The feast of St. Nicholas is celebrated throughout the country (and Belgium too!) by both children and adults. The celebrations start about three weeks before the fifth of December, when St. Nicholas arrives from Spain on his steamboat, bringing his helpers ('Zwarte Piet' or Black Peter, whose origins are most likely Moorish) and lots of gifts with him. The arrival of St. Nicholas and his 'Pieten' is televised and broadcast live every year.


Arrival of St. Nicholas in the Netherlands

Two years ago I made St. Nicholas in miniature. I started with a porcelain figure I had bought several years ago. He was far too young looking so I used paint to age him and then wigged him and gave him a beard just like the 'real' St. Nicholas.




His clothing, miter and staff were quite a challenge to make, but turned out OK I think. Here he is on his visit to my house last year:

It has been a week and a half since I returned from the USA, but since other things have kept me busy, I didn't have time to write a post yet!

I have had a wonderful trip of which I spent five days in Philadelphia before and during the Philadelphia Miniaturia. I took two woodworking classes which were a lot of fun and where I have learned a lot. I got to meet and spend time with some miniaturists and ended up having a great time with some of the English miniaturists after the show.

View from my hotel room in Philadelphia


It was my first time visiting an American miniatures show and I loved seeing everything I had read about and seen pictures of. The two American miniaturists who really stood out for me were Elle Piccolo (even though I am not a doll person) and June Clinkscales. I had seen pictures of dolls made by Elle before and always thought they were fun, but seeing the real ones made me realize they are far better than the pictures do them justice. The expressions on their faces and detail in their clothing makes you think you're looking at a little person frozen in time. Wonderful work.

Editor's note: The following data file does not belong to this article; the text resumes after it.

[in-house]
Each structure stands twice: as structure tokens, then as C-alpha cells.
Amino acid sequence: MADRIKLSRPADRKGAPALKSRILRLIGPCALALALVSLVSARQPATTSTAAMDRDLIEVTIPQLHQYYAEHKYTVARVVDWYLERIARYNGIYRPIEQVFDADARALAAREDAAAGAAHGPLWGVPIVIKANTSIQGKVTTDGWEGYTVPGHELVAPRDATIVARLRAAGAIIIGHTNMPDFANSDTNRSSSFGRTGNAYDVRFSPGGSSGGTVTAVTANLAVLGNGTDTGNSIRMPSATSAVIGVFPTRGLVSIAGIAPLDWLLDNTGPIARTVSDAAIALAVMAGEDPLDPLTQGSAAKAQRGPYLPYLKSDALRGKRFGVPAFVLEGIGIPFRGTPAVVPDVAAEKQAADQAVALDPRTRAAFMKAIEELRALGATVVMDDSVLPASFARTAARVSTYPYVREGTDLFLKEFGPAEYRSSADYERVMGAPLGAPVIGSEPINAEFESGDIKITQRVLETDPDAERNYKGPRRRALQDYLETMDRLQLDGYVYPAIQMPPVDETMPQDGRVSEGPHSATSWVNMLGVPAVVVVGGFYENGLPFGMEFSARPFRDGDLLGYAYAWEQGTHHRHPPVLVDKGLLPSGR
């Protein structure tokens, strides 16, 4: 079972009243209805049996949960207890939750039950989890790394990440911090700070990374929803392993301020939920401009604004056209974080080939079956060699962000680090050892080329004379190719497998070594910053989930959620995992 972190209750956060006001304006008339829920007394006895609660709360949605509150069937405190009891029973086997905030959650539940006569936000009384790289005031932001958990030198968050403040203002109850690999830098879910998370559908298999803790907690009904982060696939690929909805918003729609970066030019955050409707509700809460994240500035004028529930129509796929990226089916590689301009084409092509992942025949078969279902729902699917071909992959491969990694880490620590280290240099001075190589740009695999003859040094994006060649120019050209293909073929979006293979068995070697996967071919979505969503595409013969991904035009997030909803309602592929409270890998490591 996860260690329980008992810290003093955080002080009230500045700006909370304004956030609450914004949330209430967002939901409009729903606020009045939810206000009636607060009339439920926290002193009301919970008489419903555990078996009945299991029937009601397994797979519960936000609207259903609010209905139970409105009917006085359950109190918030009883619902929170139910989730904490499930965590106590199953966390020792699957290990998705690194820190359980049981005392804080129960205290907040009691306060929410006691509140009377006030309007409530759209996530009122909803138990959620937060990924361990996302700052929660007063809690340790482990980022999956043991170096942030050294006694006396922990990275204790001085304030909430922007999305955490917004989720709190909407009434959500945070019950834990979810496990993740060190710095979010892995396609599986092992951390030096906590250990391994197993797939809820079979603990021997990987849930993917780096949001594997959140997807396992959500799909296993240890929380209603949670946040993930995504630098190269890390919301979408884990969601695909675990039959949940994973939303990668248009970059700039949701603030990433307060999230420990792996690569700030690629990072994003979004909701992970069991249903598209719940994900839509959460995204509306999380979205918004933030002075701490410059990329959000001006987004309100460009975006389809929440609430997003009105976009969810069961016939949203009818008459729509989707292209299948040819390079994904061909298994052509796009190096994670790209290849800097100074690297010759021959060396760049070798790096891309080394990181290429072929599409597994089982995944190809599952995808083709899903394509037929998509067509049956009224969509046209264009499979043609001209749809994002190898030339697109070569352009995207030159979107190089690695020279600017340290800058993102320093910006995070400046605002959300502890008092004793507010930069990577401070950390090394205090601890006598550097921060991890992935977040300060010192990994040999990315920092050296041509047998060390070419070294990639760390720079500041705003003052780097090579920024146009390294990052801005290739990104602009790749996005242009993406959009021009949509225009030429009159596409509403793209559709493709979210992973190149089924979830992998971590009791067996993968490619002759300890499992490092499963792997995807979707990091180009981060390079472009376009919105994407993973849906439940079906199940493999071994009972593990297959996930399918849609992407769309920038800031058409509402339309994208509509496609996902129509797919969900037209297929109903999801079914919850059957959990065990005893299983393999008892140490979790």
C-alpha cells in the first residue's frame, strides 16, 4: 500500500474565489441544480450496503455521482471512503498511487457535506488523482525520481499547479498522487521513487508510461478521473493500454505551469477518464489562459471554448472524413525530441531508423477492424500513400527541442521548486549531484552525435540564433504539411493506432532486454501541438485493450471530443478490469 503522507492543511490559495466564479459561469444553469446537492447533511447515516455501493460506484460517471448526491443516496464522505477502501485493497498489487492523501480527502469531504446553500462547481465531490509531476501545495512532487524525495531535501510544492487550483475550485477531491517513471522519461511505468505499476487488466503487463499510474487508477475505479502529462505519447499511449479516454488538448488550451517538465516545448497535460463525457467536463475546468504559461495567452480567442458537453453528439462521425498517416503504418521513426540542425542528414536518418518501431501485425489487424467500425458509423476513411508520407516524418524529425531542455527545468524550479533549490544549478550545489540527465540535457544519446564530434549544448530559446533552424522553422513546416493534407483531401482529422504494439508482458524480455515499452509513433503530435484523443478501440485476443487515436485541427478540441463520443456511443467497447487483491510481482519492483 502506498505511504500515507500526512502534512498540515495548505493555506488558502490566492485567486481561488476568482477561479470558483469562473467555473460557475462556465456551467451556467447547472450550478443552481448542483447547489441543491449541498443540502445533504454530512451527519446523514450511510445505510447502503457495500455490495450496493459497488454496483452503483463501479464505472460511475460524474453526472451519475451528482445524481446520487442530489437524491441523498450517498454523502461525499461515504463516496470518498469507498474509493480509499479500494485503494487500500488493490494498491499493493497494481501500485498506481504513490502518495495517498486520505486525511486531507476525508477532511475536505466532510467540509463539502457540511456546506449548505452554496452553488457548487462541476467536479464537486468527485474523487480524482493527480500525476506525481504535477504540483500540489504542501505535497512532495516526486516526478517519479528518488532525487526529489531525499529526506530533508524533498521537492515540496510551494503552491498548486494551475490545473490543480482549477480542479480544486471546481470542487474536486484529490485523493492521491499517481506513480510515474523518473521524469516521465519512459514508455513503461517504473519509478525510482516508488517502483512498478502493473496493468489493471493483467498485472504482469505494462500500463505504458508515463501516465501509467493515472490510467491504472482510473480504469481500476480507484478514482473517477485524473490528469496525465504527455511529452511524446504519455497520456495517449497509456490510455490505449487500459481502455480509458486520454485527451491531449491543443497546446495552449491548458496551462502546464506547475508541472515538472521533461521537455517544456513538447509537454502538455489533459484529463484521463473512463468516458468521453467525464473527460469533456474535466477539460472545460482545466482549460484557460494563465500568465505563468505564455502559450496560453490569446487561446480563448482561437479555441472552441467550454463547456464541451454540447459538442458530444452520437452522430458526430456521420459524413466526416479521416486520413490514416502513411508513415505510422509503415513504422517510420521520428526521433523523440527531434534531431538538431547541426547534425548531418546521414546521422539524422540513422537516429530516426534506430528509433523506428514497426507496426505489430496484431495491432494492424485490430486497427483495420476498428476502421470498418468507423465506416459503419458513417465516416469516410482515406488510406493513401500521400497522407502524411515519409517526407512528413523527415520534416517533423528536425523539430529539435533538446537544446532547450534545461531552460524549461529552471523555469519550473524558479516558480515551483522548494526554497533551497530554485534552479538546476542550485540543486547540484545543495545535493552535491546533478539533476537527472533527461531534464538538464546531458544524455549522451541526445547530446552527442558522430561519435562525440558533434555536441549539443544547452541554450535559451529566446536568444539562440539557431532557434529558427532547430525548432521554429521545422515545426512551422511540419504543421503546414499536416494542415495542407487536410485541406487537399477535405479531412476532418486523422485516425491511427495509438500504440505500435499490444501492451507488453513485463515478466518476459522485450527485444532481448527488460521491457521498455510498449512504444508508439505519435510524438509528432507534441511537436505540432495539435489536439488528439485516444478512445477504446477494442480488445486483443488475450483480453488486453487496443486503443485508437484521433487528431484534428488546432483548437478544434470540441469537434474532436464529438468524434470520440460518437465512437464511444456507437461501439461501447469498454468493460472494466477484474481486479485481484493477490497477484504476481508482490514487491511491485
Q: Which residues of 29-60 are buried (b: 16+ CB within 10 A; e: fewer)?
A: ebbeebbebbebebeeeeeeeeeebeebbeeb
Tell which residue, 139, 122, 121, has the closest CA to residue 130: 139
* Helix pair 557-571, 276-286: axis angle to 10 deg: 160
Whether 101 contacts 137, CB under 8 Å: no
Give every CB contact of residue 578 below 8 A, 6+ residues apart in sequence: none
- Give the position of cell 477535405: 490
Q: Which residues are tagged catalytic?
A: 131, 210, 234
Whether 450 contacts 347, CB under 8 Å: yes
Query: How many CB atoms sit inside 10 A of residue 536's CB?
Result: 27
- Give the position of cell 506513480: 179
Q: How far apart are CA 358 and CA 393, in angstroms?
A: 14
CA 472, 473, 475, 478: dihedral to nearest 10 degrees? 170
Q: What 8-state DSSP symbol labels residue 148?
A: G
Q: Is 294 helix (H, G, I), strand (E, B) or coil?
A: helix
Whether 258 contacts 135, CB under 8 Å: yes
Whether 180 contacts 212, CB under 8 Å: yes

The miniatures by June Clinkscales were my absolute favourites though. I have stood drooling over her work a couple of times during my visits to the show. Her treatment and eye for fabrics, texture and colour is fantastic! Her work has a lively and artistic touch which I often find lacking in miniatures. Here too, the pictures I had previously seen of her work showed me it was good, but the real thing is so much better! I hope one day to be able to buy one of her pieces. Do check out June's fabulous work on her beautiful website!

Unfortunately I didn't take any pictures of the miniatures mentioned. In fact, I didn't take many pictures at all. The few I did take I will show below. All of these were taken at the booth of Le Chateau Interiors from Louisiana. Their booth had a wonderful collection of antique and unique miniatures and these beautiful roomboxes below. I absolutely adore both roomboxes. Maybe that has something to do with the fact that my major in art college was textiles and fashion design. I apologize for the quality of the photographs, they were taken with flash and rather hurriedly. All photo's open to a bigger size when clicked on.


The Painting in the background suggests the scene represents Madame de Pompadour:




The figures in this roombox are old wax dolls, dressed by Le Chateau Interiors:

Check out the red coat on the wall, beautiful!